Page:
President Kais Saied made the remarks during a stroll down the iconic Avenue Bourguiba, the main axis in the Tunisian capital of Tunis, a week after firing the prime minister and other top officials and freezing parliament. He listened to passersby calling out his name and shouting “Tunisia!” but said nothing about his much-awaited next steps.
Many fear Tunisia's fragile democracy is in danger without a clear map of how the president plans to restore democracy. It is the only nation to develop a democracy after the Arab Spring uprisings.
Instead, Saied denounced those who exploit migrants, as hundreds of youths leave Tunisia in the warm season to try to make their way by smugglers' boats to Europe. He claimed that some of his countrymen with political motives are paying desperate youth to make the trip, saying their intention is to repeat the mass illegal migration that began after the Tunisian revolution a decade ago.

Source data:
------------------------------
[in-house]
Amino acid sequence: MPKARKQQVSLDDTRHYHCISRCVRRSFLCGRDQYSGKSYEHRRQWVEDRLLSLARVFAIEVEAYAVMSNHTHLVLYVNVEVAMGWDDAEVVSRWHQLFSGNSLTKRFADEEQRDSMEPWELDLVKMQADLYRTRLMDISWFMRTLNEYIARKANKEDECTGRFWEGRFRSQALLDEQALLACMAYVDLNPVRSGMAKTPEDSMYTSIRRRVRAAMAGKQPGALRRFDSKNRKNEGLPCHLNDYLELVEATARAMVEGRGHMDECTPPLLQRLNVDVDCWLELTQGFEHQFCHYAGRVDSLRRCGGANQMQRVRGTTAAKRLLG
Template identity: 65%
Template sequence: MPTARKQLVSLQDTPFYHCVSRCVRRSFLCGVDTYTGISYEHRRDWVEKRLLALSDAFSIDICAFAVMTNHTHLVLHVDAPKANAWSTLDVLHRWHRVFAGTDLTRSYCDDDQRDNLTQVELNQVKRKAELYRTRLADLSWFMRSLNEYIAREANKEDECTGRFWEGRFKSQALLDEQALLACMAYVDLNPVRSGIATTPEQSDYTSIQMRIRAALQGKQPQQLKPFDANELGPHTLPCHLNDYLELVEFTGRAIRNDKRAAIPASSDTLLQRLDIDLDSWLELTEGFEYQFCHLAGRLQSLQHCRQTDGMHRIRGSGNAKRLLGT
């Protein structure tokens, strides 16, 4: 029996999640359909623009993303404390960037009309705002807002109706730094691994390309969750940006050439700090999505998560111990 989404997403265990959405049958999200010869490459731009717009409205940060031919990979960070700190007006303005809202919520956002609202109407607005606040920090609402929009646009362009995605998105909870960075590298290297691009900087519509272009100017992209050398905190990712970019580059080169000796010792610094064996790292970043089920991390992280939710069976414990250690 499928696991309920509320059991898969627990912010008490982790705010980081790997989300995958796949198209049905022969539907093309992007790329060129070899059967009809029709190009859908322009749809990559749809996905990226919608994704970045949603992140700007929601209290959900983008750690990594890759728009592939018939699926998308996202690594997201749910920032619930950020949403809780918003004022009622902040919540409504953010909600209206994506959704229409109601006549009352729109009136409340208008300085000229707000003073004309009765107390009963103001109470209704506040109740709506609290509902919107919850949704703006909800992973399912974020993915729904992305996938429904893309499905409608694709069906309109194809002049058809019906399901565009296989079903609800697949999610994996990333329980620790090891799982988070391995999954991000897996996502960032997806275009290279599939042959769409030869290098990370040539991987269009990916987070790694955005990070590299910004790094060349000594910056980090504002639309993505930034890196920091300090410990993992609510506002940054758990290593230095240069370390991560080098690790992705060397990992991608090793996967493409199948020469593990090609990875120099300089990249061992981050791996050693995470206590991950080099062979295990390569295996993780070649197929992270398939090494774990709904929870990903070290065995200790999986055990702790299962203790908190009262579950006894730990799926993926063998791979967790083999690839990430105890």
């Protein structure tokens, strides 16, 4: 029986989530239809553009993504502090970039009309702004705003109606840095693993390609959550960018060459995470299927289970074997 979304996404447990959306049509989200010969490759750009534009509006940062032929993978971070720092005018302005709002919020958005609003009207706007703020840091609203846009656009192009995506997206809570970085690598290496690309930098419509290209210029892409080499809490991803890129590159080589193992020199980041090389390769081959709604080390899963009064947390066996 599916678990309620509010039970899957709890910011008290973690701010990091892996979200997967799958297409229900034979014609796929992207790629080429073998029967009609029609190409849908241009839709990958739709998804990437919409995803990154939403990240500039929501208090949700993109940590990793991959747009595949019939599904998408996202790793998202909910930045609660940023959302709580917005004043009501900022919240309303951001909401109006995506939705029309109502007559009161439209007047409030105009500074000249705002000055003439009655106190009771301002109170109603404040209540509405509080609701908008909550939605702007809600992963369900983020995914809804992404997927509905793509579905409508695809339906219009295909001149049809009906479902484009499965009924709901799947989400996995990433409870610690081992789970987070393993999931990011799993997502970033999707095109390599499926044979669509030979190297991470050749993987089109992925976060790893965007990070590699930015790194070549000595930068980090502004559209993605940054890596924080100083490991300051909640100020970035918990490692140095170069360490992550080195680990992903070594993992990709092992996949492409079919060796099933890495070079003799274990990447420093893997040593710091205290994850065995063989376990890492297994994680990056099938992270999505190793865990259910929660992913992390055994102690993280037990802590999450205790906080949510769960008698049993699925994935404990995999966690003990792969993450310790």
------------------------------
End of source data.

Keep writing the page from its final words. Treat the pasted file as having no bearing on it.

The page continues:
“There are people who hurt Tunisia. I ask myself how they could make 1,500 youths leave,” he was heard saying in a video released by his office.
The president did not make clear who were using youths to allegedly harm the North African country.
The Tunisian Coast Guard picked up 31 Tunisian youths on Sunday, a day after stopping three attempted crossings and seizing five small boats and a large sum of money. A total of 188 migrants, 56 of whom were Tunisian, were saved, while 11 other attempts to embark on the journey to Europe were stopped, according to the Interior Ministry.
Meanwhile, dozens of migrants, most of them from Tunisia, reached the Italian island of Sardinia over the weekend, the Italian news agency ANSA reported.
Follow all AP stories on global migration at https://apnews.com/hub/migration.